The value of palliative care also proved itself when Ilene was hospitalized after surgery for bowel obstruction. The hospital palliative care team was called to check on Ilene due to her symptom burden and related anxiety. They transferred her to the palliative care unit, treated the nausea and anxiety, and gave her a calmer and quieter recovery space – compared to the typically busy and noisy surgical wing. 

Ilene describes it as a life-altering change: “On a day that I particularly was struggling, pain-wise and emotionally from the stress of being in the hospital for all those days, with a feeding tube and waiting for surgery, they recommended a tiny medication that gave me peace that day. I really do have to say that saved me.”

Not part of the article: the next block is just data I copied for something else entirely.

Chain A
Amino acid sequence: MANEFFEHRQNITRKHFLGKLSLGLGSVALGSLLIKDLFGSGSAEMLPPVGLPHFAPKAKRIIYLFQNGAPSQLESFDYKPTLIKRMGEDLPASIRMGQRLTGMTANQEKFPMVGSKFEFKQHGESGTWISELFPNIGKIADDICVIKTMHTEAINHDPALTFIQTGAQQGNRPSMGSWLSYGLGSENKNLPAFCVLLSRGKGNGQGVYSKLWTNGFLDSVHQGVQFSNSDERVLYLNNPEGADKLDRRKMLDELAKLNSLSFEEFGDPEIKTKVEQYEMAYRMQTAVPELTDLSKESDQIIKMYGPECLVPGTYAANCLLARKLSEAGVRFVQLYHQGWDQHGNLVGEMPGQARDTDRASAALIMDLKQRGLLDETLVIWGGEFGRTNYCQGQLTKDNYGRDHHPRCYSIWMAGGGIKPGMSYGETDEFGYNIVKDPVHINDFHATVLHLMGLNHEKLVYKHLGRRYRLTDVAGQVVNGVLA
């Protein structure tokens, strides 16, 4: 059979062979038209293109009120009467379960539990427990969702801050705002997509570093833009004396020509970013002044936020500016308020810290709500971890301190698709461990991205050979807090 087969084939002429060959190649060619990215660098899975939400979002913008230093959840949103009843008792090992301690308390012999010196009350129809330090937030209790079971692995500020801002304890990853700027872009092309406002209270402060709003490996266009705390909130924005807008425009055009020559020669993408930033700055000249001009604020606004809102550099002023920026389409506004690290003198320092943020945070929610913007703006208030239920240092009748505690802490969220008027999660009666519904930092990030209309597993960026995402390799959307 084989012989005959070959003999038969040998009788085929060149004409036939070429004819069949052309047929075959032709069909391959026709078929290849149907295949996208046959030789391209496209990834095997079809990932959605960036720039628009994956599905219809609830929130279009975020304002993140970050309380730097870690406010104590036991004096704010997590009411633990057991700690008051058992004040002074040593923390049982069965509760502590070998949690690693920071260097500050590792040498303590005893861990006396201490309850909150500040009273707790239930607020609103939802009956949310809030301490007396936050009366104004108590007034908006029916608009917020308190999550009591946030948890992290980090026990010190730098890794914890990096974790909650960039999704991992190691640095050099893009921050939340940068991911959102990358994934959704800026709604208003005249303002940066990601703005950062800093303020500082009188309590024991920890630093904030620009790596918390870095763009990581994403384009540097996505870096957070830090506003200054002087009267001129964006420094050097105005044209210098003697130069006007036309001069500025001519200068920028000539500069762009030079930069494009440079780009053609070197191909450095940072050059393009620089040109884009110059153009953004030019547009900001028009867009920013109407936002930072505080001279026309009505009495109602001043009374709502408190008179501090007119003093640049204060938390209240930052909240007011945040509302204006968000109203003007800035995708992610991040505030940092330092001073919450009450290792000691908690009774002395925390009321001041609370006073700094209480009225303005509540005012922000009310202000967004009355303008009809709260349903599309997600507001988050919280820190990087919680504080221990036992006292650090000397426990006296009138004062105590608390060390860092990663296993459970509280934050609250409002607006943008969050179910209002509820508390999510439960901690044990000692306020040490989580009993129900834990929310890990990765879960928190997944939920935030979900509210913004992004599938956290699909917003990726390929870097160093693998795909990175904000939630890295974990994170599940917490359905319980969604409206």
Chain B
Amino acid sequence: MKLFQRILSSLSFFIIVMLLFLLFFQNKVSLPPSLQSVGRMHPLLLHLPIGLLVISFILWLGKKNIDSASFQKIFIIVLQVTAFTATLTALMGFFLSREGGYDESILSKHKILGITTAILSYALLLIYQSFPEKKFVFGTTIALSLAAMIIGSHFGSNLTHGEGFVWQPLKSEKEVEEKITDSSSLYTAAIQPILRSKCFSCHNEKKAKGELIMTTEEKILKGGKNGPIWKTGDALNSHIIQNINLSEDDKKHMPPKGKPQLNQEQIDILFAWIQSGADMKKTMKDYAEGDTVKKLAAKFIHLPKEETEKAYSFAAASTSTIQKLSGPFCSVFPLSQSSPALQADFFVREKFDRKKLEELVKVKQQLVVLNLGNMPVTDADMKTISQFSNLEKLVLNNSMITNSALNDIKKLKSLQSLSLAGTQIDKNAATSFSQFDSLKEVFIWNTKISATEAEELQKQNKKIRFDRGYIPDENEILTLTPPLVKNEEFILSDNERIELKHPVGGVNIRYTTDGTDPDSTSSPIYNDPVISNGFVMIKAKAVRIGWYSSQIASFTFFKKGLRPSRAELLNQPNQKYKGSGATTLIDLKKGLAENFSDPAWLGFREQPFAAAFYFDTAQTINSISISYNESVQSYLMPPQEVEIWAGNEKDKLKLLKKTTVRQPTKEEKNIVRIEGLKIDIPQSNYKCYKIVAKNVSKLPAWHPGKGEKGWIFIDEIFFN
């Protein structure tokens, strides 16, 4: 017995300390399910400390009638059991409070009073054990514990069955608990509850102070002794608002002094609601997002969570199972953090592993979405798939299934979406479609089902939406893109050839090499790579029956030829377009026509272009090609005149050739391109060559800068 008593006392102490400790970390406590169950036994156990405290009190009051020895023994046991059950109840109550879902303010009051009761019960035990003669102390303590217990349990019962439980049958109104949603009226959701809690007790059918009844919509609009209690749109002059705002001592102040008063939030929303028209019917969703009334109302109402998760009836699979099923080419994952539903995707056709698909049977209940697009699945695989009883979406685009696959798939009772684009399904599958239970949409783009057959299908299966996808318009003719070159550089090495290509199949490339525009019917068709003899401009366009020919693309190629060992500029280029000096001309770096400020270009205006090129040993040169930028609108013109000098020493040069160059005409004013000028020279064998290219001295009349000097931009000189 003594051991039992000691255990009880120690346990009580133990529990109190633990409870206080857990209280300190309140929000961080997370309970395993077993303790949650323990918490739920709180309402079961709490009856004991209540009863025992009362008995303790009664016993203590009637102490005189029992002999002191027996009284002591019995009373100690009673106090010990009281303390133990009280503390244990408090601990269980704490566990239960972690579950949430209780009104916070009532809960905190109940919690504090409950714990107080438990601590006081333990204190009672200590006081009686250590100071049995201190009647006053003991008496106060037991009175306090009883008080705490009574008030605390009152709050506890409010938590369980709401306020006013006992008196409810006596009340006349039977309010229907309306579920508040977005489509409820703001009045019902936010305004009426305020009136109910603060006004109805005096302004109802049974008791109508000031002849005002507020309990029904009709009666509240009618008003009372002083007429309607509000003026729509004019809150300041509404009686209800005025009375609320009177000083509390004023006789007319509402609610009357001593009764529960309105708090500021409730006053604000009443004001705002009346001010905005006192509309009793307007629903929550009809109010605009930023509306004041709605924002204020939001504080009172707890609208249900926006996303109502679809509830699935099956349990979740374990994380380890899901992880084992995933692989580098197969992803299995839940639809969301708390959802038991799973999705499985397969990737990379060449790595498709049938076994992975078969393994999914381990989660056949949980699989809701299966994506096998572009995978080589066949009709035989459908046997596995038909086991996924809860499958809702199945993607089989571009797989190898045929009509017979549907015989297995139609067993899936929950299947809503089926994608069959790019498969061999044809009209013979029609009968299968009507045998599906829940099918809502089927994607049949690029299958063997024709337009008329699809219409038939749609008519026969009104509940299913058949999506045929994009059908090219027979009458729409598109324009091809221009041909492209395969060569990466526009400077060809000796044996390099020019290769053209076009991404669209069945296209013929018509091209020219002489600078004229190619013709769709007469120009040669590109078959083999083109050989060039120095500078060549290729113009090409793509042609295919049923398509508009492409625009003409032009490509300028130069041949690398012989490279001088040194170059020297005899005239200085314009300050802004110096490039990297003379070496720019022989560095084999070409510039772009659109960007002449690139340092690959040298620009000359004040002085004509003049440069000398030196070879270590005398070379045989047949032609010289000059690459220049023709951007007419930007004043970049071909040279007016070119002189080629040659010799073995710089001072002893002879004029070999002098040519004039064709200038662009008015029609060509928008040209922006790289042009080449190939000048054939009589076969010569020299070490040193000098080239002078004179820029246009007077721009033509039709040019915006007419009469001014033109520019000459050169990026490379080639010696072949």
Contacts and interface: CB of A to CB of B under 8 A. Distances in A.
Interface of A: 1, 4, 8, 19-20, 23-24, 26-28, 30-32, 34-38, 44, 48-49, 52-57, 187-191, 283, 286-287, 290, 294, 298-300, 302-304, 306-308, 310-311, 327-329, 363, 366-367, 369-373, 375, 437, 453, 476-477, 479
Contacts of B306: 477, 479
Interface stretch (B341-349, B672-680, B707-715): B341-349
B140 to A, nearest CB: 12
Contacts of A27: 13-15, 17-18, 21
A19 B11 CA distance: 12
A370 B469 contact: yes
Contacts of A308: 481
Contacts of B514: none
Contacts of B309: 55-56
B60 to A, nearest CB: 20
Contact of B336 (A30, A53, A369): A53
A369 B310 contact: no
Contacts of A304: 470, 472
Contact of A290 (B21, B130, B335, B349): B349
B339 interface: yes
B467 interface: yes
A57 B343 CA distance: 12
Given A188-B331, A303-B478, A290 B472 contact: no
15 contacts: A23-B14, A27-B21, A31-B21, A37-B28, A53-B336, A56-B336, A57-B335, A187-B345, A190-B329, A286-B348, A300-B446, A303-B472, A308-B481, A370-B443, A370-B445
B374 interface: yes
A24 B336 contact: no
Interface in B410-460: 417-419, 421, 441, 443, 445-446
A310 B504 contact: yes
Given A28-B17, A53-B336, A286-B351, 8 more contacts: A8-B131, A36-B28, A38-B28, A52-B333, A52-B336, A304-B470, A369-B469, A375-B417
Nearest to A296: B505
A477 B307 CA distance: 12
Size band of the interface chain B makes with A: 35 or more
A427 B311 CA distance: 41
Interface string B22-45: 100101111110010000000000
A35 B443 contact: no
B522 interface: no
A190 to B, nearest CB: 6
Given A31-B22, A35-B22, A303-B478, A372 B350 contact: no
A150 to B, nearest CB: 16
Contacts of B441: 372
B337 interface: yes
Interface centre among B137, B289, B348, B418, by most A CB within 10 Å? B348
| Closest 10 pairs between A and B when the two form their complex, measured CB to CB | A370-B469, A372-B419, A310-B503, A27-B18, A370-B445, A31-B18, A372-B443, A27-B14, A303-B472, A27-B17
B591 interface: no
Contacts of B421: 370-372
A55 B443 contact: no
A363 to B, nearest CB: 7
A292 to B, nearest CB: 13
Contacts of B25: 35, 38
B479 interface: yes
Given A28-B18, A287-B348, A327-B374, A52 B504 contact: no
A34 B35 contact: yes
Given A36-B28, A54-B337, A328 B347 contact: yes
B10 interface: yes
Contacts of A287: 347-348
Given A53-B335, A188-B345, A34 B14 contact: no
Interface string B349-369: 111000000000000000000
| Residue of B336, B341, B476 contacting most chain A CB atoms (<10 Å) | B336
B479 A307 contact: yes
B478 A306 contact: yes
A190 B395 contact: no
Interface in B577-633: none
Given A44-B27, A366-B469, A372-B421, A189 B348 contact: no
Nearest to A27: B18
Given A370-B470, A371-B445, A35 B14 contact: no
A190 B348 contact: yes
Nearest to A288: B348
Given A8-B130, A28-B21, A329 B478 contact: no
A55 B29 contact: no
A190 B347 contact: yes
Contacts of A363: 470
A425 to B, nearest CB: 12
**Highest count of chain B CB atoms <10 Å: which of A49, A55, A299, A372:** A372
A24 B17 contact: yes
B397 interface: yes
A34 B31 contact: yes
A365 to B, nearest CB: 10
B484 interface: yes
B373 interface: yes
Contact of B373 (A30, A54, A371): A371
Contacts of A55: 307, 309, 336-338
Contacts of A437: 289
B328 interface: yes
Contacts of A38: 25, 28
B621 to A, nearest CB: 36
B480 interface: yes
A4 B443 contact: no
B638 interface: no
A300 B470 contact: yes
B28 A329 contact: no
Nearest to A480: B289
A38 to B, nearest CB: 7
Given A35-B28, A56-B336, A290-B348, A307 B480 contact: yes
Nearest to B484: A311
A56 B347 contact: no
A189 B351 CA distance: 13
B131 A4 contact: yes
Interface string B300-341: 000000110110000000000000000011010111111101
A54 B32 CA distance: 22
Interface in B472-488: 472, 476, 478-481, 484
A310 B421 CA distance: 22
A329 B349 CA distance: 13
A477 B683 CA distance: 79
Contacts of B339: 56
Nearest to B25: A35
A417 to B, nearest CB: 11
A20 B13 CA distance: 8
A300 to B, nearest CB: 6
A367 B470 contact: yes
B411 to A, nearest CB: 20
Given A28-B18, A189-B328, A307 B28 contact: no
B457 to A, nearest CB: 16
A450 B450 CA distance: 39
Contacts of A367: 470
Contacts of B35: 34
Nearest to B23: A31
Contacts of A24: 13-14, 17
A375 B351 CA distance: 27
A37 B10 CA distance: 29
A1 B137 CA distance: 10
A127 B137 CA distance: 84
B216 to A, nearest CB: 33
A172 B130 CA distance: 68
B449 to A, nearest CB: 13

llene feels fortunate to have family and friends, and an incredible cancer team, a social worker, a psychologist, and support groups. And yet, she realizes that palliative care provides an extra layer of support that blends all the pieces together for her and her other medical providers. 

“I feel like a whole person when I’m sitting in the office with her. I am not a medical diagnosis. I am a person with a family, with a history, with a current life that needs to be managed,” observes Ilene. “You can have family, and you can have friends, and love them for all they do. But to have a medical person walk side by side with you on this journey, that really is an extraordinary gift.”

To learn more about palliative care and how it can help you or someone you love who is living with cancer or other serious illnesses, visit